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Picture from Google
Picture from Google

How do you choose a good mobile app?

With thousands of internal health apps available online, chancing one that works for you may take some trial and error. I recommend the following apps grounded on their substantiation base, usability, security features, and my clinical experience.
For awareness Calm

  •  For wakefulness CBT-i Coach
  •  For post-traumatic stress complaints PTSD Coach
  •  For stress-related to COVID COVID Coach
  •  For learning torture forbearance chops DBT Coach
  •  For managing your mood and anxiety CBT Thought Diary
  •  For covering your mood/ memory and keeping your mind sharp THINC-it.

FAQs about Is a Mobile app as good as a therapist:

What makes a mobile application good?

A successful app combines three aspects in a smart way: market, user, and the product itself. All these factors need to work together to give users a unique value, great usability, and good performance. Accessibility is the last but not least key feature of a successful mobile app.

Can an app help with mental health?

A mood tracking app can let you input your emotions, thoughts, and other events that happen in your life to help identify patterns in your mood and overall well-being. A therapy app, such as a Cognitive Behavioral Therapy app, can help you deal with mental health problems such as depression, anxiety, PTSD, etc.

Why are therapy apps good?

For example, our team explored how therapy apps could be used to offer extra support to those already in care. The apps people found most useful were not the most complex or fancy, but rather they were practical and easy to use. These apps helped people learn new skills and share their lived experiences with others.

Is a mobile app as good as a therapist?

Research looking at randomized controlled trials of mobile app mental health interventions with almost 50,000 patients did not find “convincing evidence” that any mobile app intervention greatly improved outcomes related to people’s anxiety, depression, smoking or drinking, thoughts of suicide, or feelings of well.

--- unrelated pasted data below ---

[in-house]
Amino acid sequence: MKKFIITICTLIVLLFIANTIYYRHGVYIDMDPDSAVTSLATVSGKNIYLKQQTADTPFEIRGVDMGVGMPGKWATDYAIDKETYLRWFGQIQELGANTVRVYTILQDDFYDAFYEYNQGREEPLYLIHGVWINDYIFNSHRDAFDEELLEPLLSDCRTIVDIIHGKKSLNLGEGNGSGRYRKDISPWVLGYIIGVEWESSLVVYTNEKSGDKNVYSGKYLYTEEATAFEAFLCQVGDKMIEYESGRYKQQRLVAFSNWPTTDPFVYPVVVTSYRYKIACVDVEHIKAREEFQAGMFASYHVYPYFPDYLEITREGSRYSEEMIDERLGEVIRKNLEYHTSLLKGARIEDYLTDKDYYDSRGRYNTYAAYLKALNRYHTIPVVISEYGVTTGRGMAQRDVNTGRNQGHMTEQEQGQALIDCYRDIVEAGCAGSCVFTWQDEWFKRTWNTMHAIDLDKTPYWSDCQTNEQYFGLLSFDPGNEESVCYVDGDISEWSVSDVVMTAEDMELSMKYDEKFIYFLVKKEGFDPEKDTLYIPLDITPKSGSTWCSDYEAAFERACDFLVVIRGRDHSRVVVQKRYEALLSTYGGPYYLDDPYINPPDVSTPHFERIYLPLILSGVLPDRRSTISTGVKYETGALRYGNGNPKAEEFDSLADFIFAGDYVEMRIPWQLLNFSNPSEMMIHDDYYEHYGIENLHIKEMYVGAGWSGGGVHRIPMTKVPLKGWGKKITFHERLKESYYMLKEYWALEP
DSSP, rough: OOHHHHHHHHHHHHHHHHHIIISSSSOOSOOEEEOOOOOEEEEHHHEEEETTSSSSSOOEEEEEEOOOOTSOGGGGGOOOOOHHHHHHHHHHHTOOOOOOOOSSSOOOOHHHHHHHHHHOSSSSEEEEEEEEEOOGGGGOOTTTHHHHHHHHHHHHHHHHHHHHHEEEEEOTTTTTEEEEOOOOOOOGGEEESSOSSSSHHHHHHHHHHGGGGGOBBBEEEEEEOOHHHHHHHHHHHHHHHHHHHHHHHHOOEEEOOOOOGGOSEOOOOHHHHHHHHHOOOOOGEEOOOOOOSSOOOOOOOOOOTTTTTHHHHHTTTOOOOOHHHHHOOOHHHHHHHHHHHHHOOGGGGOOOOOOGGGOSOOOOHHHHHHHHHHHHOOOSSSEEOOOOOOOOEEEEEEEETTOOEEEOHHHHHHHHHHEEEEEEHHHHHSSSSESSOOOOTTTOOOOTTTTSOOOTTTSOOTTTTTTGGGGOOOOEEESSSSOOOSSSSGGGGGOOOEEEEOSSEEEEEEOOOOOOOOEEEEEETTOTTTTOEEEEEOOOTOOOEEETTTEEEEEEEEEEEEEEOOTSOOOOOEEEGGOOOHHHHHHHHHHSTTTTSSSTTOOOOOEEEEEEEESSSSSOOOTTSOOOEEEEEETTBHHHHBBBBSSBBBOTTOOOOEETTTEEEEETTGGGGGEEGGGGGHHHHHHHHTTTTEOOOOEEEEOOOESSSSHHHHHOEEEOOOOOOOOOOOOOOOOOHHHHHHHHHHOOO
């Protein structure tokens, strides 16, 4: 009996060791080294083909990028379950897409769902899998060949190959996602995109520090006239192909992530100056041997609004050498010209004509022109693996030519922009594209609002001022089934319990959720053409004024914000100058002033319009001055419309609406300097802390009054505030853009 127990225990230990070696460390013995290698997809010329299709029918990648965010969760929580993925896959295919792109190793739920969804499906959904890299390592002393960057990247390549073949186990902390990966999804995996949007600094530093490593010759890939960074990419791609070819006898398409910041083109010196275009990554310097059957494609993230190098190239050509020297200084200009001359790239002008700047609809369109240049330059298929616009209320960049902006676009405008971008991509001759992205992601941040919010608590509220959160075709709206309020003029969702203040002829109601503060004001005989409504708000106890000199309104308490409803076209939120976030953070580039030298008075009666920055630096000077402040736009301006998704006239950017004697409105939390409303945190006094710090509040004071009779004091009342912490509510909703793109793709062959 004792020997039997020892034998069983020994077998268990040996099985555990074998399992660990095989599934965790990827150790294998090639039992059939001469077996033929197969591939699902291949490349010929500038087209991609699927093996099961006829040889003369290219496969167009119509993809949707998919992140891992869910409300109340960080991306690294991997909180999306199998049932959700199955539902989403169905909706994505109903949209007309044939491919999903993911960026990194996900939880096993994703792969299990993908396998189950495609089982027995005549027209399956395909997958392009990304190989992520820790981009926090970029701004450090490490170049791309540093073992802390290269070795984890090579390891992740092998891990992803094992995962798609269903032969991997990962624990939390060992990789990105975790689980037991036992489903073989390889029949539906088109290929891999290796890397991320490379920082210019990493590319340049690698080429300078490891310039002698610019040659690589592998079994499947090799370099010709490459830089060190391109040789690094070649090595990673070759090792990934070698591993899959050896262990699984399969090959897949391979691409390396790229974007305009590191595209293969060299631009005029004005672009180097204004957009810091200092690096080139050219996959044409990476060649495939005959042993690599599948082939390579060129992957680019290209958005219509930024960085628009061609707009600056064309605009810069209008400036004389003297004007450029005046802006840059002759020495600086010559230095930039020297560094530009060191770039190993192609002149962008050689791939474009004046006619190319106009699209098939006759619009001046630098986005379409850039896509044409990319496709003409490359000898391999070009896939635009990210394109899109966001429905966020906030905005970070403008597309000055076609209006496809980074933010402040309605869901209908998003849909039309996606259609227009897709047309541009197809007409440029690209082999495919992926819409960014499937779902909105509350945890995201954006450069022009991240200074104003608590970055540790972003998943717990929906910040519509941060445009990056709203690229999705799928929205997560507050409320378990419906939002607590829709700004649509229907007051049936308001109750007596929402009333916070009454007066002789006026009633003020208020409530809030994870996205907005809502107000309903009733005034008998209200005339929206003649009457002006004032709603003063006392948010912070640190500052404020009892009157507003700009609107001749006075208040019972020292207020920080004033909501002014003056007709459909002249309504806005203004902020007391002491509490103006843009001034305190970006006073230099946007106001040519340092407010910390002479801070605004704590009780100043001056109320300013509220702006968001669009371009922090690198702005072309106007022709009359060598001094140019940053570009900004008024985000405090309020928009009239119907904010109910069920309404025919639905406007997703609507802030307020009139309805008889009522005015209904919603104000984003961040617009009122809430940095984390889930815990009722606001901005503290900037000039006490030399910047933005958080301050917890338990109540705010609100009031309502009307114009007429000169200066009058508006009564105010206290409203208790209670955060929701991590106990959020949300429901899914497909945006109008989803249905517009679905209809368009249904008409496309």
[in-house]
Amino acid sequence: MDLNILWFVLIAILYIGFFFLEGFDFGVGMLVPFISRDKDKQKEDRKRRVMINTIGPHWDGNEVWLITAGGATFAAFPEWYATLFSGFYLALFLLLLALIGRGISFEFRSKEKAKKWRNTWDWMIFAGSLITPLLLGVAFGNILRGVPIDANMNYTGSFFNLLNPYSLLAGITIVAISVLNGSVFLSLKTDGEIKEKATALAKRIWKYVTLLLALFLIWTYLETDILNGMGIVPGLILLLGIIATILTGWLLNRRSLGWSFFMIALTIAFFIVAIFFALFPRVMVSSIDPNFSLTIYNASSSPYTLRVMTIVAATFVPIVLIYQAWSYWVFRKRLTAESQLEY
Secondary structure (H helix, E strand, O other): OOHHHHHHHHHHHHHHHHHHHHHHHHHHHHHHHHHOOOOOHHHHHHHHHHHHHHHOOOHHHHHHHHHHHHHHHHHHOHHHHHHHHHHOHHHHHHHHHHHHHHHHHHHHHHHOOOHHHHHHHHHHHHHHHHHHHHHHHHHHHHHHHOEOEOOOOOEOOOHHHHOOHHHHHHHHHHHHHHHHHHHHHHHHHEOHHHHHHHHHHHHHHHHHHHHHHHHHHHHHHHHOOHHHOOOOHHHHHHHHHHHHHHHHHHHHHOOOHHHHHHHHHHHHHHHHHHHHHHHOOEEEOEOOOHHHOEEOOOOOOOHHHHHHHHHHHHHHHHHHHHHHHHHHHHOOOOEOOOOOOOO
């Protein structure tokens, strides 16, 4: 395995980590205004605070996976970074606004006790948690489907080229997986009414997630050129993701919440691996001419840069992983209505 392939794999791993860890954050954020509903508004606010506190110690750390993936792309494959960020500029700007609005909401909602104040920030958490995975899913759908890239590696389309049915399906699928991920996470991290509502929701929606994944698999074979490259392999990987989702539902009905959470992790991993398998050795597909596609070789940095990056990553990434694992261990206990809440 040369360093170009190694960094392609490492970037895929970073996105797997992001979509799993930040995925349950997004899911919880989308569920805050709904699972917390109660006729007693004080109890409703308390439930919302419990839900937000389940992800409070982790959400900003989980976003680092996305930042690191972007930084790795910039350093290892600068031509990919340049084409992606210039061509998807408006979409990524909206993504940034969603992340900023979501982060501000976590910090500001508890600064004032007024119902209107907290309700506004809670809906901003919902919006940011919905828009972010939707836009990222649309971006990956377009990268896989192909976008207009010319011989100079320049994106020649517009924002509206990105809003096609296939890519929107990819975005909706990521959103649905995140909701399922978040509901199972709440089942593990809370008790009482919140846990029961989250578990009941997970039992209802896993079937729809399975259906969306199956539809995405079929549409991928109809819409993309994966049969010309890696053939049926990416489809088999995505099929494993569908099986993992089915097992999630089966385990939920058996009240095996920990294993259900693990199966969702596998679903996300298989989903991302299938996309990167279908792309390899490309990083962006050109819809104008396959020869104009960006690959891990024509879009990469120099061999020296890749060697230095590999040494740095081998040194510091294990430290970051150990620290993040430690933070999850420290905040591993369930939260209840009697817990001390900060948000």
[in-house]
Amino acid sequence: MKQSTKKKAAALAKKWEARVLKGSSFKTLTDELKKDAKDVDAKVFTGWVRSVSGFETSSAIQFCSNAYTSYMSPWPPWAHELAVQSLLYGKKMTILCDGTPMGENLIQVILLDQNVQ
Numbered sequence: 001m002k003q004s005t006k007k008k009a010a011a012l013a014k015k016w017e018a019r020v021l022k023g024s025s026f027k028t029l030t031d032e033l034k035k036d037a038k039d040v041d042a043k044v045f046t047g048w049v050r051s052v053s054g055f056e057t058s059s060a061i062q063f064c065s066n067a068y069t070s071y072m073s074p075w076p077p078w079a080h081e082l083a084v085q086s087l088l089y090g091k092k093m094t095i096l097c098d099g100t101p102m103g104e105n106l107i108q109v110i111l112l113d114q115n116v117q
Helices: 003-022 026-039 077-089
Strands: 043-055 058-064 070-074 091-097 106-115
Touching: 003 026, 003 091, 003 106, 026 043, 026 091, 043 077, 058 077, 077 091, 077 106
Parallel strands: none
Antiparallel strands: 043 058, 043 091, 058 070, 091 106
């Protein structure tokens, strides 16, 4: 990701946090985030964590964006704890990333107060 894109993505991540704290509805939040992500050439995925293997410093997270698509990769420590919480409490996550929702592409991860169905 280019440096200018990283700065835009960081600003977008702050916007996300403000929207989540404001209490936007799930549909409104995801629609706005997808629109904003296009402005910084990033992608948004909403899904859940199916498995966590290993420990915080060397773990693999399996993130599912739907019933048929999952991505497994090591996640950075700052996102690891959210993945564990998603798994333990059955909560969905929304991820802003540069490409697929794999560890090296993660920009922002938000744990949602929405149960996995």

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What is the best therapist app?

One of the most well-known therapy apps, TalkSpace, matches you with a therapist. You can send text messages, audio, picture, and video messages at any time of the day or week. Your therapist will respond daily, five days a week. You also have the option to have live video sessions with your therapist.

Are mental health apps evidence-based?

Research-informed mental health apps are backed by scientific research, making them a quality option for your mental health journey. They can be a good tool to add to existing therapy or medication treatment.

Are anxiety apps Helpful?

Depending on how often you use your apps of choice, they can be highly effective in helping to lower feelings of anxiety, stress, and panic. Many of these apps use evidence-based techniques of mindfulness and grounding.

How do mental health apps work?

App-based features that enable users to self-monitor their mood by periodically reporting their thoughts, behaviors, and actions can increase emotional self-awareness (ESA), which has been found to be implicated in anxiety, depression, and substance abuse (14).

Conclusion:

Mobile apps have significant potential to deliver high-efficacy mental health interventions. Given the global shortage of psychiatrists and the lack of mental health care access in rural regions, apps have emerged as a viable tool to bridge the mental health treatment gap. Technology is well-poised to transform how mental health treatment is delivered and accessed, but this transformation requires the combined mobilization of science, regulation, and design.


Scoopearth Team